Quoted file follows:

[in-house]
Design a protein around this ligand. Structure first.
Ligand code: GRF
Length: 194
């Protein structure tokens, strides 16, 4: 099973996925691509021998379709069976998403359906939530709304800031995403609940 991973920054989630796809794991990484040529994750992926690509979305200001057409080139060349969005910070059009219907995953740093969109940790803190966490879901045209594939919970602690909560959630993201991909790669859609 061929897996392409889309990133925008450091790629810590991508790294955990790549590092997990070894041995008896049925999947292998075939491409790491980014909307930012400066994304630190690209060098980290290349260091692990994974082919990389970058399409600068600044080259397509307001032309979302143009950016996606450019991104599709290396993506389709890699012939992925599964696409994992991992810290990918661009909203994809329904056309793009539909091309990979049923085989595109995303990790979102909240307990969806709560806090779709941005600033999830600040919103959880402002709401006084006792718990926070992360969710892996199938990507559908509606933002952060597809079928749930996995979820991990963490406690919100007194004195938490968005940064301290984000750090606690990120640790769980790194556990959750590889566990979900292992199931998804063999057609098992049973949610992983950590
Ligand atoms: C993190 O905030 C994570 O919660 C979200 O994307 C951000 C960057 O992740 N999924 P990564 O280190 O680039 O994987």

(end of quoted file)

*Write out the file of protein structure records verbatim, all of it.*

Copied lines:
[in-house]
Design a protein around this ligand. Structure first.
Ligand code: GRF
Length: 194
């Protein structure tokens, strides 16, 4: 099973996925691509021998379709069976998403359906939530709304800031995403609940 991973920054989630796809794991990484040529994750992926690509979305200001057409080139060349969005910070059009219907995953740093969109940790803190966490879901045209594939919970602690909560959630993201991909790669859609 061929897996392409889309990133925008450091790629810590991508790294955990790549590092997990070894041995008896049925999947292998075939491409790491980014909307930012400066994304630190690209060098980290290349260091692990994974082919990389970058399409600068600044080259397509307001032309979302143009950016996606450019991104599709290396993506389709890699012939992925599964696409994992991992810290990918661009909203994809329904056309793009539909091309990979049923085989595109995303990790979102909240307990969806709560806090779709941005600033999830600040919103959880402002709401006084006792718990926070992360969710892996199938990507559908509606933002952060597809079928749930996995979820991990963490406690919100007194004195938490968005940064301290984000750090606690990120640790769980790194556990959750590889566990979900292992199931998804063999057609098992049973949610992983950590
Ligand atoms: C993190 O905030 C994570 O919660 C979200 O994307 C951000 C960057 O992740 N999924 P990564 O280190 O680039 O994987």